"It's a very different business model from what happens in the direct market," Baker added to audience applause.
Tobin told the room that in print-versus-digital, he had no end goal other than creating a good story -- a passion Baker said was common with all their creators.
"My comic is formatted for digital," Timony said.
Vaughn said she is pushing comiXology to let her be able to have links and songs in her comic, something they hoped would be in a reissue.
When asked what constitutes an actual issue in digital comics, Tobin and Coover said their experience working for other publishers' tight page-counts made them glad they could set their own threshold for Monkeybrain.
"Sometimes I'd kill for twenty-three pages and sometimes I'd get to sixteen and I'm done," Tobin laughed. He and Coover explained there is no set page count for "Bandette" but they tried to hit somewhere in the 16-18 page range. "You want it to end on a beat," Tobin continued, adding, "It's beautiful to be able to make it as long as you want."
The creators also talked about enjoying the ninety-nine cent price of Monkeybrain digital comics, each one saying they felt the price encouraged more people to buy their work.
"I'd buy three $.99 things rather than one $1.99 thing," Coover laughed.
Bennett and Guinan said they would also adhere for the most part to the $.99 price, Timony adding that he is pleased more and more publishers were willing to print comics of unusual sizes and shapes, opening up room for more irregularly sized digital comics for print. The room cracked up as Tobin and Coover couldn't remember when "Bandette's" print version comes out, finally settling that it goes on sale in November from Dark Horse Comice.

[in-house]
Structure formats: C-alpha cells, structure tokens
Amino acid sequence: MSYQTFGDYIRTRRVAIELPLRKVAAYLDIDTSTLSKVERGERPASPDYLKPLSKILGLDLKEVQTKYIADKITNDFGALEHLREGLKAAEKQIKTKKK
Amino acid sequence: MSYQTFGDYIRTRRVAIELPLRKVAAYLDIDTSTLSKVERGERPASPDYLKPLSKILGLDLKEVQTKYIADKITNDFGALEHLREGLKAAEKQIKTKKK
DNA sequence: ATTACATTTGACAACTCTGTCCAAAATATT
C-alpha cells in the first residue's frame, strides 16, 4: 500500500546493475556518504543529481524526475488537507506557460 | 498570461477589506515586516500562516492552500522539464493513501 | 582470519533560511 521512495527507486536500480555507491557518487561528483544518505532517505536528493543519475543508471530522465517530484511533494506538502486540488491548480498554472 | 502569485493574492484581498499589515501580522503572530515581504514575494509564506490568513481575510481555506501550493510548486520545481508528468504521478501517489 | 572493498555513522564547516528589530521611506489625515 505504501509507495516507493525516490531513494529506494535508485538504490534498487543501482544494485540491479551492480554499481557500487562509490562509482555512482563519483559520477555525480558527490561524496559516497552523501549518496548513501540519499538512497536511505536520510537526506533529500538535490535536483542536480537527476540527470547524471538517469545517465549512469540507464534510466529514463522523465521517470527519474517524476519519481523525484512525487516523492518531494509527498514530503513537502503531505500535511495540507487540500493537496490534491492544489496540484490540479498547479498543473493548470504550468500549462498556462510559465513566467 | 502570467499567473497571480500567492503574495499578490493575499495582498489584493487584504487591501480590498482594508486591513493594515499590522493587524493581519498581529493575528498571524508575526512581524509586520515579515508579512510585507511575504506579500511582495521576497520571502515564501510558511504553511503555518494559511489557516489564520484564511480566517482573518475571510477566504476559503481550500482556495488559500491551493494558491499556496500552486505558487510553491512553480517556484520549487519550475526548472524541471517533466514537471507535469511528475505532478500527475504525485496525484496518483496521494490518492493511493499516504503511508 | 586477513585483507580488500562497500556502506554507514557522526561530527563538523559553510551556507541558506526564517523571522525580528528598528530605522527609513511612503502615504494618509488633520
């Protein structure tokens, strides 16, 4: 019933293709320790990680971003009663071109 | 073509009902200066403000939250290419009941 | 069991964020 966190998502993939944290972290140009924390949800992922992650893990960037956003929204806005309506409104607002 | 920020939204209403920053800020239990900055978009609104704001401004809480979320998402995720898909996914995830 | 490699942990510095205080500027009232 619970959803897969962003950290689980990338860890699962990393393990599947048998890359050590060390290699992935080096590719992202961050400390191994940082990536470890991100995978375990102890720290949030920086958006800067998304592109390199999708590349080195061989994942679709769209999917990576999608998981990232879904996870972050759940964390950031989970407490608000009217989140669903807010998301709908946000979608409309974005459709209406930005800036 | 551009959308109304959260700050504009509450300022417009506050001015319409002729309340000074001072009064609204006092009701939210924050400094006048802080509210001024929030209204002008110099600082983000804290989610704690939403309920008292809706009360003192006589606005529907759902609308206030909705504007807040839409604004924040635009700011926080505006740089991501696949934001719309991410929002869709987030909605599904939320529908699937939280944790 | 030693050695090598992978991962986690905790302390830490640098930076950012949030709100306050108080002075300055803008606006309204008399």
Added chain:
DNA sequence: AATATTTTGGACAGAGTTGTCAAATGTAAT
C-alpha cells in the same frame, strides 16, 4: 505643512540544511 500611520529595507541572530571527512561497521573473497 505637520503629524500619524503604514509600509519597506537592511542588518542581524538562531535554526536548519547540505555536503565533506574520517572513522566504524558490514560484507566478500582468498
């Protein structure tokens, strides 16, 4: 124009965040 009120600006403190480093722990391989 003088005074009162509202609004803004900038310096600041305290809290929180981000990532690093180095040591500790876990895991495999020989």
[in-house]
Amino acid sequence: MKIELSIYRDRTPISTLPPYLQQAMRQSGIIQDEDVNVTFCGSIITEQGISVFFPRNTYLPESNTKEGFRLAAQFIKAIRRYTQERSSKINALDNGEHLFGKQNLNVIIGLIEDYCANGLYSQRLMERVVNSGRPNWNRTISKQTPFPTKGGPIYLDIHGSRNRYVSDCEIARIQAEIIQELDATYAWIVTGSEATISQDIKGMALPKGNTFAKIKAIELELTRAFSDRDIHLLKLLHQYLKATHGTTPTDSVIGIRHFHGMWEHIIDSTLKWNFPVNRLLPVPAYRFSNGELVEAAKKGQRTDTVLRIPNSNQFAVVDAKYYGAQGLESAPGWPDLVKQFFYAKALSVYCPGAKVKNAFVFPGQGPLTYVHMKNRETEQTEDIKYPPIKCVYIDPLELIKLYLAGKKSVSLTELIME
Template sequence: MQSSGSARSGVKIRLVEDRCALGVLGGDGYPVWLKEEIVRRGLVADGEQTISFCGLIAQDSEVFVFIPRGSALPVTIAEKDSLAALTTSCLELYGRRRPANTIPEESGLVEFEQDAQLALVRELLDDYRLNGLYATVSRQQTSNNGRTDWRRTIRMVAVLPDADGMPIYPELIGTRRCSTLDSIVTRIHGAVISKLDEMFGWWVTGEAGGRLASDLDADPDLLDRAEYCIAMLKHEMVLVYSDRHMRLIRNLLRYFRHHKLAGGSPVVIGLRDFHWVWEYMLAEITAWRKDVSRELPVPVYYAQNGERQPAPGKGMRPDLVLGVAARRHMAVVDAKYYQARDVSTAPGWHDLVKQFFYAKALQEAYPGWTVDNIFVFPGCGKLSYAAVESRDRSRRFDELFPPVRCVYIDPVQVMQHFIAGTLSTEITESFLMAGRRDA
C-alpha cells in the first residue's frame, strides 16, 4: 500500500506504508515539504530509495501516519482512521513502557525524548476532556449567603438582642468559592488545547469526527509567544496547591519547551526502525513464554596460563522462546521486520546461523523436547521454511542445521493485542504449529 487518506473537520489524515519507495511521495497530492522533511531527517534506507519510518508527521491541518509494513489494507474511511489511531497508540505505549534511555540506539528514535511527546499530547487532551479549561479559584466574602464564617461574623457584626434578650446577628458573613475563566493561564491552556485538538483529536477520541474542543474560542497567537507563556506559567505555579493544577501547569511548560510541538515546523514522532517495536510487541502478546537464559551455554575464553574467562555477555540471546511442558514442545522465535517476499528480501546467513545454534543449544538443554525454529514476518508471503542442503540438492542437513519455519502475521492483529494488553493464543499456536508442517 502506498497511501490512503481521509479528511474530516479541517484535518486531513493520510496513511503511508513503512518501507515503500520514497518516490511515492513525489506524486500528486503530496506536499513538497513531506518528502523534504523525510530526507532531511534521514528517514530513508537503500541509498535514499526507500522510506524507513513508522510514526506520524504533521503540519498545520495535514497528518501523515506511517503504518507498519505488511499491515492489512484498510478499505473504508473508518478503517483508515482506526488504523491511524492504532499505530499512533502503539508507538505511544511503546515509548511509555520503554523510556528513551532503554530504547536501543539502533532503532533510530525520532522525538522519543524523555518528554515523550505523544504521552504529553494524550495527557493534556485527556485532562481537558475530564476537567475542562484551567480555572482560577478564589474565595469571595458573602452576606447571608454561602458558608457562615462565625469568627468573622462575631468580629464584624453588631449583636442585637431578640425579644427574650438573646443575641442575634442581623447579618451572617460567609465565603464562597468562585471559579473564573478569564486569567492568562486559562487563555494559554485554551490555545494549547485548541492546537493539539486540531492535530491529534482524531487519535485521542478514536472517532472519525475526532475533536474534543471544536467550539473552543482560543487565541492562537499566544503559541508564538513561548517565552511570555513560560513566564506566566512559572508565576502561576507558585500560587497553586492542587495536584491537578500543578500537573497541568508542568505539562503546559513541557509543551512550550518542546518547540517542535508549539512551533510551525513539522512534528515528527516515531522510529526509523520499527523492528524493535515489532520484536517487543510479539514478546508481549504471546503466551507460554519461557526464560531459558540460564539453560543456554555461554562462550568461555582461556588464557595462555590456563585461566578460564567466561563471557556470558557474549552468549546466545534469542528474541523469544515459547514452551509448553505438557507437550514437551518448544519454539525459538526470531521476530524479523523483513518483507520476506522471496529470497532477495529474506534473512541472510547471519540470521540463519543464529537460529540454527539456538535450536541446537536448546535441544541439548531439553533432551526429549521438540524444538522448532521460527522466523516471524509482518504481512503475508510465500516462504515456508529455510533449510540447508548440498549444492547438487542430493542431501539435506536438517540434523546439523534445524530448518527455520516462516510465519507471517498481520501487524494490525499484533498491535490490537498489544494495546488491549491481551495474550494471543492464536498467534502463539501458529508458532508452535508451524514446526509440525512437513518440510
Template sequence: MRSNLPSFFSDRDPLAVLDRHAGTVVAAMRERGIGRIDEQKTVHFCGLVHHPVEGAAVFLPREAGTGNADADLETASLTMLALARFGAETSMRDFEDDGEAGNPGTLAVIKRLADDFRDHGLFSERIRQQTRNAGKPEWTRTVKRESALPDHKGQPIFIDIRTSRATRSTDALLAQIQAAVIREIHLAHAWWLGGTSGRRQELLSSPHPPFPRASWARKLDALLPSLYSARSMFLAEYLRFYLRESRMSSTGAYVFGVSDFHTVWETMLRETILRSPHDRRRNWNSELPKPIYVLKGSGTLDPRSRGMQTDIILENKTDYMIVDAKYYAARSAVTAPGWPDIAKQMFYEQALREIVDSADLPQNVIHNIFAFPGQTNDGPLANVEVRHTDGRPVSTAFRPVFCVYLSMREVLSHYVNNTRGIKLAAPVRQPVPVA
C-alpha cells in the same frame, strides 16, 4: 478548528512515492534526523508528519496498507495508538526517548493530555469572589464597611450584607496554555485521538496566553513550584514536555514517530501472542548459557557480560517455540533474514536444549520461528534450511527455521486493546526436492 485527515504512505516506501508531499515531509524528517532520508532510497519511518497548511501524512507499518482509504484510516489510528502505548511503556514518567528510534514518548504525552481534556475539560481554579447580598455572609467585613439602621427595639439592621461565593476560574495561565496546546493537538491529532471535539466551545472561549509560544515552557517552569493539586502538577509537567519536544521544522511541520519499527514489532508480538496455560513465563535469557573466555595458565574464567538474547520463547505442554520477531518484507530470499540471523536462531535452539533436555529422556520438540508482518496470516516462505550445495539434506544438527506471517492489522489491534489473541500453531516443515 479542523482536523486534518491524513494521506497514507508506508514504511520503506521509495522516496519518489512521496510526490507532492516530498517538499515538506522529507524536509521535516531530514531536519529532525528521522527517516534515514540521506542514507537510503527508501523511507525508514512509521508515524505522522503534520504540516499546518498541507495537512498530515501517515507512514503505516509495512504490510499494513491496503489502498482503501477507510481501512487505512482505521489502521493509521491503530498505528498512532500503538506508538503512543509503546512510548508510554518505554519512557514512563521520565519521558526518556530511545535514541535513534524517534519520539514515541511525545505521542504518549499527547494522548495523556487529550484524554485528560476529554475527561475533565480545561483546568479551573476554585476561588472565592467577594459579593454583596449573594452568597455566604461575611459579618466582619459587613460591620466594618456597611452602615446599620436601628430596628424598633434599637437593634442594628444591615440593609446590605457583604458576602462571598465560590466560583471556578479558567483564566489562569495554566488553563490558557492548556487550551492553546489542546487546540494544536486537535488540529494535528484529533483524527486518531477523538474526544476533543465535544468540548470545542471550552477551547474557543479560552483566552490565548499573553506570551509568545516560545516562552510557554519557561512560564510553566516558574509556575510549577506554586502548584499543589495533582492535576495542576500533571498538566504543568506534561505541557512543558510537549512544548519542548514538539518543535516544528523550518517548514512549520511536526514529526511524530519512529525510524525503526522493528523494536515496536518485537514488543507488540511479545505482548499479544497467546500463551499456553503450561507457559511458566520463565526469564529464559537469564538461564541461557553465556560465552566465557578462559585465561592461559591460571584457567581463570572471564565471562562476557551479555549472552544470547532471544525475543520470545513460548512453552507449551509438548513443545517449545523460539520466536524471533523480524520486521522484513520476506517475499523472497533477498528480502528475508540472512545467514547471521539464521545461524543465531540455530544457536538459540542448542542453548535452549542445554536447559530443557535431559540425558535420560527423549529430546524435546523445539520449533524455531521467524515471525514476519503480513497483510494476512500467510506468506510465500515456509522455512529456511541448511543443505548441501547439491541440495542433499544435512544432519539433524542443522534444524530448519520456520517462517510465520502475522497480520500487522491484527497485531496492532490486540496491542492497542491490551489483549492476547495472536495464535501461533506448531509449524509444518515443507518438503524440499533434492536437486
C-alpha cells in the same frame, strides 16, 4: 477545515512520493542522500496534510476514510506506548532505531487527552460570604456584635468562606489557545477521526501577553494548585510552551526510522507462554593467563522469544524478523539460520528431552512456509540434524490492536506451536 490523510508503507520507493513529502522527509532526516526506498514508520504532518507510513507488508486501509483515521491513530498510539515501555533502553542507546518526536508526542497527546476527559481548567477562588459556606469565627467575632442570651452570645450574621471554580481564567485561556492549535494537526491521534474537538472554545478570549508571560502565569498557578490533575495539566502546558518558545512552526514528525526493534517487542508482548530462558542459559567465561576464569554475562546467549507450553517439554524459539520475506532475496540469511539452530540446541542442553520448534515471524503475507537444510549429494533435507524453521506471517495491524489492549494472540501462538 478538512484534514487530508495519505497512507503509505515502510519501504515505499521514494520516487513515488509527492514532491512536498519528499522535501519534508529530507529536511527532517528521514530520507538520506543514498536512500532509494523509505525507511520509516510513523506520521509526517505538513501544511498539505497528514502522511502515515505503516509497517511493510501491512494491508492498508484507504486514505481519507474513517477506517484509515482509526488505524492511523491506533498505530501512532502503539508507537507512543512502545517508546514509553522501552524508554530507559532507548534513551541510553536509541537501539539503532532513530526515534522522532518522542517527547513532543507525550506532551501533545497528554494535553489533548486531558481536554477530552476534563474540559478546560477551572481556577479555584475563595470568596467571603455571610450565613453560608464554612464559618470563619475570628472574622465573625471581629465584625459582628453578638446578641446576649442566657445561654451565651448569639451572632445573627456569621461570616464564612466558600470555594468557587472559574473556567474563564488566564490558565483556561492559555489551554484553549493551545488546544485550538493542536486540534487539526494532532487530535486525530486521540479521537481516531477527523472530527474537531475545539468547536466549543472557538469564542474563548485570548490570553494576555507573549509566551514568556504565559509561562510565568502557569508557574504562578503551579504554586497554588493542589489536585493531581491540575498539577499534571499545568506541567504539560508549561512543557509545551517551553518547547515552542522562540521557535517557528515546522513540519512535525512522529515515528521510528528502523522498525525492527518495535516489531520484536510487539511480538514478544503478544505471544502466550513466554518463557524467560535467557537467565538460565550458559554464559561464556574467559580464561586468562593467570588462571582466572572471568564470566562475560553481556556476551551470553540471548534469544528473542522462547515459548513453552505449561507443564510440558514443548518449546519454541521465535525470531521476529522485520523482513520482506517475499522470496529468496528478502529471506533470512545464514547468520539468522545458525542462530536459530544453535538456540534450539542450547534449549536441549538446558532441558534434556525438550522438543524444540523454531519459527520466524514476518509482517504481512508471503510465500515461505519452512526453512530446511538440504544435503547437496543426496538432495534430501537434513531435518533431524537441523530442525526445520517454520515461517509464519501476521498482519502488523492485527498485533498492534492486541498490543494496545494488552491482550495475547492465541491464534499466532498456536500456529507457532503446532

"It is legally in our contract that we get ice cream," Coover added as the audience laughed.
"I think that the majority of our market is direct market readers who have either lapsed buying DC or Marvel, and are tired of the cynical nature of superhero comics," Baker said on Monkeybrain's reading audience.
"The audience we're getting for 'Bandette' is a totally different readership than we've gotten before," Tobin added, explaining that if you miss a few print issues you're out of luck finding them, but with Monkeybrain -- as the comics store is your phone or digital reader -- it's easier to be a casual reader as the issues never sell out. Vaughn also plugged the comiXology booth, which had Monkeybrain books on iPads for demonstration.